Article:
An RPU NICEFIT is required to have heating, cooling, hydration recirculation, fault protection/reporting, infotainment, and feeding systems for 24 hours of continuous deliveries from -70°C to +[classified]°C. A significant challenge has been maintaining critical system functionality during the extreme temperature gradients and ionization fields experienced while exiting and reentering the earth’s atmosphere.
Life support control, telemetry, and non-bulk power are handled thru a multi-port, Power-over-Ethernet (PoE) bus. PoE power management is used in conjunction with local RPU battery backup to maintain continued functionality of all telemetry, sensors, guidance, and control systems even if bulk power is temporarily lost.
TI Components in the RPU Life Support Subsystem:
Let no parameter go unmeasured! All 4,096 sensor slots per NICEFIT are used, many in redundant duties. For example, each NICEFIT hoof unit has 12 accelerometers to monitor G forces for each of the [classified] million surface landings during the mission. Cumulative impact forces in excess of RPU limits may trigger corrective actions such as reordering RPUs within the 2x4 RPS matrix, and/or adjustments to the intravenous feed mix.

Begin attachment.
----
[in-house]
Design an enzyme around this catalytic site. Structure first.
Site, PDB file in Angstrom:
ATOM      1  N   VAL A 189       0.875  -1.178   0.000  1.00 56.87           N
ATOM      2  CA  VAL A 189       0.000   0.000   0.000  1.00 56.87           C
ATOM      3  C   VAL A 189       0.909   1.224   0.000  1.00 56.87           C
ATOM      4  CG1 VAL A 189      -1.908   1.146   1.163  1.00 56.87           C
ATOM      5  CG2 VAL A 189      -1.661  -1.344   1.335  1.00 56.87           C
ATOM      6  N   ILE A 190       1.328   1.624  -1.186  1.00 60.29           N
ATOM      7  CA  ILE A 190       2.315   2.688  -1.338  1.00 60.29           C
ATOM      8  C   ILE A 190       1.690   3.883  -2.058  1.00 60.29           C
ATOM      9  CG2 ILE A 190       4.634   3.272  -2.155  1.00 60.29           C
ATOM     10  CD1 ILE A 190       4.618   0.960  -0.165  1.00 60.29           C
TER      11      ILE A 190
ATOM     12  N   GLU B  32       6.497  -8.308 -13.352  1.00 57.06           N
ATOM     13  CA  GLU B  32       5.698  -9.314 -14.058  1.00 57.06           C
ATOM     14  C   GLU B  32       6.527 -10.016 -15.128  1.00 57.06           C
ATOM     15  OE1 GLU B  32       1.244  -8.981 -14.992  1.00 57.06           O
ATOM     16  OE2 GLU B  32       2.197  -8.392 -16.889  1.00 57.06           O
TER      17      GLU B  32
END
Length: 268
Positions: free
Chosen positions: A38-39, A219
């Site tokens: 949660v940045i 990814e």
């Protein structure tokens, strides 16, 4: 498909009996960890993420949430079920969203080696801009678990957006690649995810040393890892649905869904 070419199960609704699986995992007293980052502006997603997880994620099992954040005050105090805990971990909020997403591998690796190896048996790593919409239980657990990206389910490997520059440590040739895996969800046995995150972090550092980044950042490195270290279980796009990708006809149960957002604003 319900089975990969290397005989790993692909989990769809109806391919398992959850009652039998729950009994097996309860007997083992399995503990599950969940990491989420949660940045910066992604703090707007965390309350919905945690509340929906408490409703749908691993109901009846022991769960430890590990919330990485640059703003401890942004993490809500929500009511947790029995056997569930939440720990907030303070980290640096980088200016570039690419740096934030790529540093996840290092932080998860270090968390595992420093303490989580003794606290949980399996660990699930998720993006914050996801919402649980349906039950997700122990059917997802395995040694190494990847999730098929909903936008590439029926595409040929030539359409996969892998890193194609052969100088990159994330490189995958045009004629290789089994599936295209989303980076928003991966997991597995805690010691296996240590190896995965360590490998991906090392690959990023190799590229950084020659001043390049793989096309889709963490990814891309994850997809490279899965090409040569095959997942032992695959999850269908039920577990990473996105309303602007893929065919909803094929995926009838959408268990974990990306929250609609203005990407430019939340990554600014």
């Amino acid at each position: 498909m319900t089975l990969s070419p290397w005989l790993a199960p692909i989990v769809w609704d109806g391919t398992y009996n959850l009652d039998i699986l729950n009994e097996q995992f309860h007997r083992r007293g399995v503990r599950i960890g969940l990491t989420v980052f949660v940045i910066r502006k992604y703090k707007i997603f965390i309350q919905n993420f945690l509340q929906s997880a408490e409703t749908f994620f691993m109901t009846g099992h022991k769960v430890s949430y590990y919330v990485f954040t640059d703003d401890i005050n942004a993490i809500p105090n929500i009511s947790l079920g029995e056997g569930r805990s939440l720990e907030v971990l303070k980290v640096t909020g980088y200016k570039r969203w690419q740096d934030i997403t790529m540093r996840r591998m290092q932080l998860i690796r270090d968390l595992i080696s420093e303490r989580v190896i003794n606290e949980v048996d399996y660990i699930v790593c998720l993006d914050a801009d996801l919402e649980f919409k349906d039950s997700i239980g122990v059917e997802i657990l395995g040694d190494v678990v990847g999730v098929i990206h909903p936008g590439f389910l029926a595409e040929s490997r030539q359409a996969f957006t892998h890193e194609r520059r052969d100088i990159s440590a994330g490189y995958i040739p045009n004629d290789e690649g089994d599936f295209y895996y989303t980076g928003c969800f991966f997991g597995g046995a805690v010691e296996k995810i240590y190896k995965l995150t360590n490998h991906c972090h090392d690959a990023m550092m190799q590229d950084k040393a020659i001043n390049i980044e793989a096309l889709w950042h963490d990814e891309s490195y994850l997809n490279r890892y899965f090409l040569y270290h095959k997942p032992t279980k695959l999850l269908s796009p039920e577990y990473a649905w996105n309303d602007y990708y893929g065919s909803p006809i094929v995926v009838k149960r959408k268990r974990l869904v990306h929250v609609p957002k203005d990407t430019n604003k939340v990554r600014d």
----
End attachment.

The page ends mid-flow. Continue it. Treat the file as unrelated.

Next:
A sample of other monitored parameters (per RPU)
TI Components in the RPU Telemetry:
Navigation, guidance and countermeasures
Although the number of child-containing homes in the world keeps growing, the gift delivery window has not. Achieving more deliveries in the same period of time has driven average SLEIGH speeds up by 53.2% over the last eight years. This, in turn, has driven higher efficiency in the SANTA (Synthetic Aperture Natural Terrain Amplification) system, an accurate and high speed guidance system that is able to detect and track chimneys from great distances. To avoid false commercial targets the SANTA system has recently been upgraded with the HOHO ( Home On Home Only ) processor. Though still in evaluation, initial results show HOHO performance to be as advertised.